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Orthopos XG 3D cone beam imaging

Cone beam imaging, while a relatively new technology to dentistry, has already radically transformed the way that we as dentists can gather information, with the result being an ability to diagnose and treatment plan in a manner that previously could not even be imagined. The transformation from interpreting two-dimensional information to diagnosing from 3-D imaging, which allows for visualisation of all structures in any given field, is a quantum leap ... and one that has forever altered the way we must practice dentistry.

I am by no means implying that 3-D images are required for all patients, but rather am stating that I strongly believe that there are cases where two dimensions are simply not enough, and the addition of the third dimension - when applicable - becomes the only means of providing an accurate diagnosis. 3-D cone beam imaging has raised the bar and redefined the standard of care for many areas of dental practice.

Cone Beam Volumetric Tomography is a diagnostic imaging technology that uses radiation in a manner similar to conventional radiographic imaging, with the difference being that cone beam images are converted into a three-dimensional view that can then be manipulated by sophisticated computer software for a wide variety of applications, including implant, endodontic, orthodontic,periodontic , orthognathic ,TMJ, and diagnostic purposes.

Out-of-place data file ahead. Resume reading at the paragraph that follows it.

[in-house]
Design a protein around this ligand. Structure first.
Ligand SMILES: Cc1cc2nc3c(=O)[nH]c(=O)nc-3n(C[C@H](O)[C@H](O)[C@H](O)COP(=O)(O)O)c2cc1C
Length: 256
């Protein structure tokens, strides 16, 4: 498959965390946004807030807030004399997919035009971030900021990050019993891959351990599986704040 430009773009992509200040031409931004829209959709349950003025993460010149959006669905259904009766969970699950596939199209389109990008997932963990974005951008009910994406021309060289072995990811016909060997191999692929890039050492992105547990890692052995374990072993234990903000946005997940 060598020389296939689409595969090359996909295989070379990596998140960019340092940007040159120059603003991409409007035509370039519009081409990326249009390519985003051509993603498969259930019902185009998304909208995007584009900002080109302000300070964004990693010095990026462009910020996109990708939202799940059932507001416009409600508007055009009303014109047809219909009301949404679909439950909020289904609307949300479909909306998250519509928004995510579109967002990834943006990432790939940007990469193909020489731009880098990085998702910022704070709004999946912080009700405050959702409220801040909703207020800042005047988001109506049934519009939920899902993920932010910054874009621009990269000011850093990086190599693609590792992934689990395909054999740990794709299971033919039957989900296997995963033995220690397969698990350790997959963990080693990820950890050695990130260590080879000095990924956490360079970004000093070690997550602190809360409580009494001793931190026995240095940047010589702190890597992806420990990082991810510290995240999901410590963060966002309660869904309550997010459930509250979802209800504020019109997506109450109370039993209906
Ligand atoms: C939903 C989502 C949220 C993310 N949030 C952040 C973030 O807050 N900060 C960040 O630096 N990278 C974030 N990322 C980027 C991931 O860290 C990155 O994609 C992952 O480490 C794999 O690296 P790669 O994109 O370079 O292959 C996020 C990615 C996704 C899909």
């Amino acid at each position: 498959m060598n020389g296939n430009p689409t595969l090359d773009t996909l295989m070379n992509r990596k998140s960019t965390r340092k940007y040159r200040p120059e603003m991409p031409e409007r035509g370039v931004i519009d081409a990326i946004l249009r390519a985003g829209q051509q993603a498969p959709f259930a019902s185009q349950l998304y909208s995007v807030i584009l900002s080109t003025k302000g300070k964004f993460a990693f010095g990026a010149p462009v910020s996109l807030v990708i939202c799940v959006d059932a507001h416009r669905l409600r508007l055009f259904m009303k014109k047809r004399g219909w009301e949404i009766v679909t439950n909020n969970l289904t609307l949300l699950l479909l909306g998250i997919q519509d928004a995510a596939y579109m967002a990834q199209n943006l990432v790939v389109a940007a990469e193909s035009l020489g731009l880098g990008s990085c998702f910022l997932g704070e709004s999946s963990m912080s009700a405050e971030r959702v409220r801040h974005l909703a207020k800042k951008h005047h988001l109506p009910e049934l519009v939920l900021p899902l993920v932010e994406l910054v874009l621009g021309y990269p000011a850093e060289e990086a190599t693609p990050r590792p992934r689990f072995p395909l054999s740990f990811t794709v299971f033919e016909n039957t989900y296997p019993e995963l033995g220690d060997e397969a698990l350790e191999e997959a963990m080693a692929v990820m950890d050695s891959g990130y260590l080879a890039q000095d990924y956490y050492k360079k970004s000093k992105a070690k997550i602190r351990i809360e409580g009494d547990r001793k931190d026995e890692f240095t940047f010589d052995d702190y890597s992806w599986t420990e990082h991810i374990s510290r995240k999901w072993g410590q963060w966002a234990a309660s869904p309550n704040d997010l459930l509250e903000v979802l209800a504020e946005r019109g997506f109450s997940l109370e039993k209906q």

Implants with and without 3D imaging In implant treatment planning, we have come to hold the strong opinion that the standard of care today in implant dentistry is to recommend 3-D imaging for implants for nearly every patient, and because of this it would be poor practice to do implants without using 3-D imaging.

To my surprise, however, I found that 3-D imaging became indispensable in a wide range of dental diagnosis and treatment planning, to the point that there are many cases today where we cannot even imagine understanding how to best help a patient without the use of the third dimension. I found applications in endodontics with visualising fractured roots, periapical pathology, and accessory canals; in treatment planning for the extraction of third molars in proximity to the mandibular nerve; in diagnosing pathology of all types; in understanding the cause of previously undiagnosed pain; in visualising sinus pathology; in understanding the etiology of temporomandibular joint dysfunctions; and in diagnosing the true extent of periodontal pathology and disease in localized areas.

I am well aware of the orthodontic applications of 3-D imaging regarding impacted , accessory and malpositioned teeth.

For dentistry, "winning and losing" is not primarily a financial consideration. Winning and losing ultimately deals with the quality of care that we provide our patients, and doing all within our means to assure the best outcome for every procedure we perform. The third dimension in dentistry raises the odds for consistent success.